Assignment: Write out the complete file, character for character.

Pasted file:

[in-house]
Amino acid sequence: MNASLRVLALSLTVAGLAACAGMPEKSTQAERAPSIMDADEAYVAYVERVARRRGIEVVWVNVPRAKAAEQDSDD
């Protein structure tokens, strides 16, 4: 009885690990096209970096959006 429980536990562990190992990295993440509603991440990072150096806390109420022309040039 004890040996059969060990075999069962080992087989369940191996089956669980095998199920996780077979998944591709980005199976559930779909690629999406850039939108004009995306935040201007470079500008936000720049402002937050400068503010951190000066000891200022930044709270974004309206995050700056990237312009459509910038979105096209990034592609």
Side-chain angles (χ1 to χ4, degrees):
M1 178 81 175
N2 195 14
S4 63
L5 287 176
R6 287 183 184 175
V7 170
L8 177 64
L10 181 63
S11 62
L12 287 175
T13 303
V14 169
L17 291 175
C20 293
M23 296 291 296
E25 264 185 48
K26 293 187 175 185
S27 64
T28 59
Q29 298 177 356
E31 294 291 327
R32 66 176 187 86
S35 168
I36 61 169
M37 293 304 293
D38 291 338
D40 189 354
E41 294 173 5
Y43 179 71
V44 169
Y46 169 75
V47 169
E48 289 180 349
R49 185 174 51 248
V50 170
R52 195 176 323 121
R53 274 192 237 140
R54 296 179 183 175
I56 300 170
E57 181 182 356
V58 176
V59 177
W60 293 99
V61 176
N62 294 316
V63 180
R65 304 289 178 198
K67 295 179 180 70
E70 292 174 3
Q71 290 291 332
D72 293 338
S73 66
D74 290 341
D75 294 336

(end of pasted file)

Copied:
[in-house]
Amino acid sequence: MNASLRVLALSLTVAGLAACAGMPEKSTQAERAPSIMDADEAYVAYVERVARRRGIEVVWVNVPRAKAAEQDSDD
């Protein structure tokens, strides 16, 4: 009885690990096209970096959006 429980536990562990190992990295993440509603991440990072150096806390109420022309040039 004890040996059969060990075999069962080992087989369940191996089956669980095998199920996780077979998944591709980005199976559930779909690629999406850039939108004009995306935040201007470079500008936000720049402002937050400068503010951190000066000891200022930044709270974004309206995050700056990237312009459509910038979105096209990034592609």
Side-chain angles (χ1 to χ4, degrees):
M1 178 81 175
N2 195 14
S4 63
L5 287 176
R6 287 183 184 175
V7 170
L8 177 64
L10 181 63
S11 62
L12 287 175
T13 303
V14 169
L17 291 175
C20 293
M23 296 291 296
E25 264 185 48
K26 293 187 175 185
S27 64
T28 59
Q29 298 177 356
E31 294 291 327
R32 66 176 187 86
S35 168
I36 61 169
M37 293 304 293
D38 291 338
D40 189 354
E41 294 173 5
Y43 179 71
V44 169
Y46 169 75
V47 169
E48 289 180 349
R49 185 174 51 248
V50 170
R52 195 176 323 121
R53 274 192 237 140
R54 296 179 183 175
I56 300 170
E57 181 182 356
V58 176
V59 177
W60 293 99
V61 176
N62 294 316
V63 180
R65 304 289 178 198
K67 295 179 180 70
E70 292 174 3
Q71 290 291 332
D72 293 338
S73 66
D74 290 341
D75 294 336